Heme Oxygenase: Drug Discovery

HO-1 has emerged as a promising therapeutic target in a broad spectrum of human diseases, such as cardiovascular, inflammatory, and neurodegenerative disorders as well as cancer 21. HO-1 conveys protection by mediating the production of iron-sequestering ferritin 452, and anti-oxidants such as biliverdin and bilirubin 453, as well as by facilitating anti-inflammatory and anti-apoptotic effects of CO 454.


The heme-degrading capacity of HOs, and in particular that of HO-1, has evolved as a potent approach in blocking oxidative stress, insufficient immune responses, and pertinent disorders. Several in vitro and in vivo models of inflammation and acute lung injury established HO-1 and its product CO as main triggers of the acute inflammatory response 206, 455, 456. In a model of complement-dependent inflammation, inhibition of HO-1 by tin protoporphyrin IX (SnPPIX) augmented the inflammatory response whereas HO-1 up-regulation led to a striking inhibition of the inflammation456. Of note, intra-tracheal adenoviral HMOX1 gene transfer as a model gene therapeutic approach for acute lung injury induced by inhaled pathogen diminished neutrophilic inflammation of the lung and increased production of anti-inflammatory IL-10 in macrophages after lipopolysaccharide (LPS) exposure 455. Several investigations confirmed the anti-inflammatory potential of HO-1/CO by down-regulating the production of pro-inflammatory cytokines (e.g., TNF, IL-1β, IL-6) and up-regulating the levels of anti-inflammatory cytokines (e.g., IL-10) 206, 359. These effects of CO might be caused by the interference of CO with AP-1 activity via the JNK signaling pathway 359. A similar anti-inflammatory response can be seen in hsf1-/- mice where the genetic deletion of HSF-1, the key transcriptional regulator of Hsp70, and/or the suppression of the Hsp70 expression attenuated the cytoprotective and immunomodulatory effects of CO in vitro and in vivo 342. The HO-1 product biliverdin has also been identified to exert anti-inflammatory protection against LPS-induced acute lung injury in rats by modulating pro- and anti-inflammatory cytokine profiles 457. Anti-inflammatory protection could be achieved by transfection of mouse macrophages with HO-1 or pretreatment with heme as well, leading to the down-regulation of LPS-induced pro-inflammatory mediators such as HMGB-1 (high-mobility group box 1) 458. Induction of HO-1 also improved survival of mice in an LPS- and cecal ligation and puncture-induced sepsis model in vivo 458. The potentially safeguarding action of HO-1/CO has been estimated in a clinically-relevant model of sterile inflammation caused by mechanical ventilation which gives rise to ventilator-induced lung injury in rodents 459-461. Also in higher mammals, anti-inflammatory actions of CO became apparent by reducing the levels of LPS-induced pro-inflammatory cytokines (IL-1β, TNF) and up-regulating anti-inflammatory IL-10 462, 463. However, the therapeutic efficacy of CO in this model rather depends on high doses that resulted in ameliorated levels of carboxyhemoglobin (CO-Hb). This study was about the first to elucidate the therapeutic ratio of CO in non-human primates in a model of acute inflammation 462.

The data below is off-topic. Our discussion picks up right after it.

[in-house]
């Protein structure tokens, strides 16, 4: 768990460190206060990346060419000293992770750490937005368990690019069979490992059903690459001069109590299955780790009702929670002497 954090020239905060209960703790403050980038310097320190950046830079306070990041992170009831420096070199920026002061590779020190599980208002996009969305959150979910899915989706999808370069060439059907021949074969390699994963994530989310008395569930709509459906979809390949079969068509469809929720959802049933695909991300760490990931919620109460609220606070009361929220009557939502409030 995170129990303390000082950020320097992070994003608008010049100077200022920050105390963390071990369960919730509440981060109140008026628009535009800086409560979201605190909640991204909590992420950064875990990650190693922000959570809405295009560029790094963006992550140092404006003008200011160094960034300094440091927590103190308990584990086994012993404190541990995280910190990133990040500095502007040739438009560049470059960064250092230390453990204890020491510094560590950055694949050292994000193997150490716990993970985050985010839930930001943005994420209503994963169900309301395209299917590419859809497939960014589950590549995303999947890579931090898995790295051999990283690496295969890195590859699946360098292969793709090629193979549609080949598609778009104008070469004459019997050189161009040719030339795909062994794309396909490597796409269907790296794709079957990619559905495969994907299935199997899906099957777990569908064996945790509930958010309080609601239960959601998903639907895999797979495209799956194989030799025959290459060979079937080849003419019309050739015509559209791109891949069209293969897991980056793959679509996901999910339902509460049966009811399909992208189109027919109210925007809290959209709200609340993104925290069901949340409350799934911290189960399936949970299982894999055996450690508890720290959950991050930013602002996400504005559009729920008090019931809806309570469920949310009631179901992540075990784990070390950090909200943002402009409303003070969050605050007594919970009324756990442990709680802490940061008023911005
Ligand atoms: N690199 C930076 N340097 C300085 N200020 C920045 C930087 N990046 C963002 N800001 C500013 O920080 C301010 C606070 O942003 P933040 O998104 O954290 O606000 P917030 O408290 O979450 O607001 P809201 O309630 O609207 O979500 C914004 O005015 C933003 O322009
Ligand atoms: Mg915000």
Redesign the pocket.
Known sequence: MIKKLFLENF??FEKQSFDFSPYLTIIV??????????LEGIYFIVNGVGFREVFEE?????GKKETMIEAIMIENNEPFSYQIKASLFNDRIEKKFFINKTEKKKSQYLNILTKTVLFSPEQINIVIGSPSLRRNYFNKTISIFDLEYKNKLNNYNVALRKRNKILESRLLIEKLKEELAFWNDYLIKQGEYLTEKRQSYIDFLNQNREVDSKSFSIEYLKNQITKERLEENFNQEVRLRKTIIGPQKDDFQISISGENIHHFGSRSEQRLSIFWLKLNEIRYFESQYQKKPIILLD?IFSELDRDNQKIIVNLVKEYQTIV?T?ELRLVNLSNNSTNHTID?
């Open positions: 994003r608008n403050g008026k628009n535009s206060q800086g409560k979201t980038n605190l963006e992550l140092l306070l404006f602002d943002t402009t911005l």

Current investigations imply a putative protective role of HO-1/CO in the inflammasome system, cytosolic protein complexes promoting the cleavage of caspase-1 and culminating in the maturation and release of pro-inflammatory cytokines such as IL-1β and IL-18. Amongst them, the NLRP-3-dependent inflammasome has been implicated in the pathogenesis of numerous acute or chronic inflammatory diseases 464, 465. Jung et al. convincingly demonstrated in an NLRP-3 activation model that CO is able to block caspase-1 activation and secretion of IL-1β and IL-18 in bone marrow-derived macrophages in response to LPS and ATP 349. Exposure of peritoneal macrophages to the CO donor compound CORM-2 down-regulated caspase-1 activation as well as IL-1β maturation and secretion under ER stress-induced inflammatory conditions 466. CORMs (carbon monoxide releasing compounds) have been found not only to impair systemic inflammation but also to attenuate pro-adhesive vascular cell properties, as well as to prolong survival and to reduce liver injury during sepsis and inflammatory lesions 467-469. Additionally, CORMs exert protective effects in sepsis by up-regulating bacterial clearance 470, and, on the other hand, by direct anti-bacterial activities against certain microbes including E. coli 471, Pseudomonas aeruginosa 472, Helicobacter pylori 473, and Salmonella typhimurium 474. It is of note that addition of CORM-3 to the preservation solution in a cardiac transplantation model resulted in a significant improvement in systolic and diastolic function as well as coronary flow 475.